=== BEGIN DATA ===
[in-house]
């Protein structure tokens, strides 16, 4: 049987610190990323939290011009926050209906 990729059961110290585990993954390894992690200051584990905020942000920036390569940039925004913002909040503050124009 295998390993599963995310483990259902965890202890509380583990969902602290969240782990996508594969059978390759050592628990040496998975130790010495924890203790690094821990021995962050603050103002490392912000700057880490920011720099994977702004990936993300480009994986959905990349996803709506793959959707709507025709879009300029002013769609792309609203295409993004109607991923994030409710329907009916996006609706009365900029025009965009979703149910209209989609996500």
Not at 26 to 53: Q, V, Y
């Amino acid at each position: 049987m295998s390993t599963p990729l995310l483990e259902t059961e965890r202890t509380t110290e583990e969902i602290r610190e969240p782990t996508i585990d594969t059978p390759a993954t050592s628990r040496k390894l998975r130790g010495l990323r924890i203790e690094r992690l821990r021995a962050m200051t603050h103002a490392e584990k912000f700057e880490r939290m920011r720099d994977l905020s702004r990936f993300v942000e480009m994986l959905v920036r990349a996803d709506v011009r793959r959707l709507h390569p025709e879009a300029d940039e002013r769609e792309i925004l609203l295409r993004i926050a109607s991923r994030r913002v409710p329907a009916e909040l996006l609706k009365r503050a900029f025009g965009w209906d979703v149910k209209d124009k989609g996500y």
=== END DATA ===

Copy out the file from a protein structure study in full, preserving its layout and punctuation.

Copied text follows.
[in-house]
């Protein structure tokens, strides 16, 4: 049987610190990323939290011009926050209906 990729059961110290585990993954390894992690200051584990905020942000920036390569940039925004913002909040503050124009 295998390993599963995310483990259902965890202890509380583990969902602290969240782990996508594969059978390759050592628990040496998975130790010495924890203790690094821990021995962050603050103002490392912000700057880490920011720099994977702004990936993300480009994986959905990349996803709506793959959707709507025709879009300029002013769609792309609203295409993004109607991923994030409710329907009916996006609706009365900029025009965009979703149910209209989609996500």
Not at 26 to 53: Q, V, Y
């Amino acid at each position: 049987m295998s390993t599963p990729l995310l483990e259902t059961e965890r202890t509380t110290e583990e969902i602290r610190e969240p782990t996508i585990d594969t059978p390759a993954t050592s628990r040496k390894l998975r130790g010495l990323r924890i203790e690094r992690l821990r021995a962050m200051t603050h103002a490392e584990k912000f700057e880490r939290m920011r720099d994977l905020s702004r990936f993300v942000e480009m994986l959905v920036r990349a996803d709506v011009r793959r959707l709507h390569p025709e879009a300029d940039e002013r769609e792309i925004l609203l295409r993004i926050a109607s991923r994030r913002v409710p329907a009916e909040l996006l609706k009365r503050a900029f025009g965009w209906d979703v149910k209209d124009k989609g996500y």